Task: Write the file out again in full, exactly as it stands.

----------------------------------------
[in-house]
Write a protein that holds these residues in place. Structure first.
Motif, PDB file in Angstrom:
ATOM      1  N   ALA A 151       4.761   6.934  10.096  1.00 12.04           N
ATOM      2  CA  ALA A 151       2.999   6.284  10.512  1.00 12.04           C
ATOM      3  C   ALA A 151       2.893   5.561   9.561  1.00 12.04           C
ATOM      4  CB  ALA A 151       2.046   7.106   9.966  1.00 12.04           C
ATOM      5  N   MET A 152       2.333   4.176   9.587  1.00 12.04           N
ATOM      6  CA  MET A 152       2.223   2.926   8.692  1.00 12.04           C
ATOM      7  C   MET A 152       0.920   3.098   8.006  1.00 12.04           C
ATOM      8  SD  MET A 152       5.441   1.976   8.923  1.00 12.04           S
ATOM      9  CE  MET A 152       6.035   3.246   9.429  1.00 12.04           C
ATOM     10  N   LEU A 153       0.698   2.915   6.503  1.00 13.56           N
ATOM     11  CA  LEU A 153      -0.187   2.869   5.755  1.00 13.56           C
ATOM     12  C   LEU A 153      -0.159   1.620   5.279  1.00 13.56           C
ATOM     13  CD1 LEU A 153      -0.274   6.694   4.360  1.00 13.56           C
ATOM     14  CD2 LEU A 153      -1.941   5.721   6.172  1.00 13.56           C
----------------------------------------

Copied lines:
[in-house]
Write a protein that holds these residues in place. Structure first.
Motif, PDB file in Angstrom:
ATOM      1  N   ALA A 151       4.761   6.934  10.096  1.00 12.04           N
ATOM      2  CA  ALA A 151       2.999   6.284  10.512  1.00 12.04           C
ATOM      3  C   ALA A 151       2.893   5.561   9.561  1.00 12.04           C
ATOM      4  CB  ALA A 151       2.046   7.106   9.966  1.00 12.04           C
ATOM      5  N   MET A 152       2.333   4.176   9.587  1.00 12.04           N
ATOM      6  CA  MET A 152       2.223   2.926   8.692  1.00 12.04           C
ATOM      7  C   MET A 152       0.920   3.098   8.006  1.00 12.04           C
ATOM      8  SD  MET A 152       5.441   1.976   8.923  1.00 12.04           S
ATOM      9  CE  MET A 152       6.035   3.246   9.429  1.00 12.04           C
ATOM     10  N   LEU A 153       0.698   2.915   6.503  1.00 13.56           N
ATOM     11  CA  LEU A 153      -0.187   2.869   5.755  1.00 13.56           C
ATOM     12  C   LEU A 153      -0.159   1.620   5.279  1.00 13.56           C
ATOM     13  CD1 LEU A 153      -0.274   6.694   4.360  1.00 13.56           C
ATOM     14  CD2 LEU A 153      -1.941   5.721   6.172  1.00 13.56           C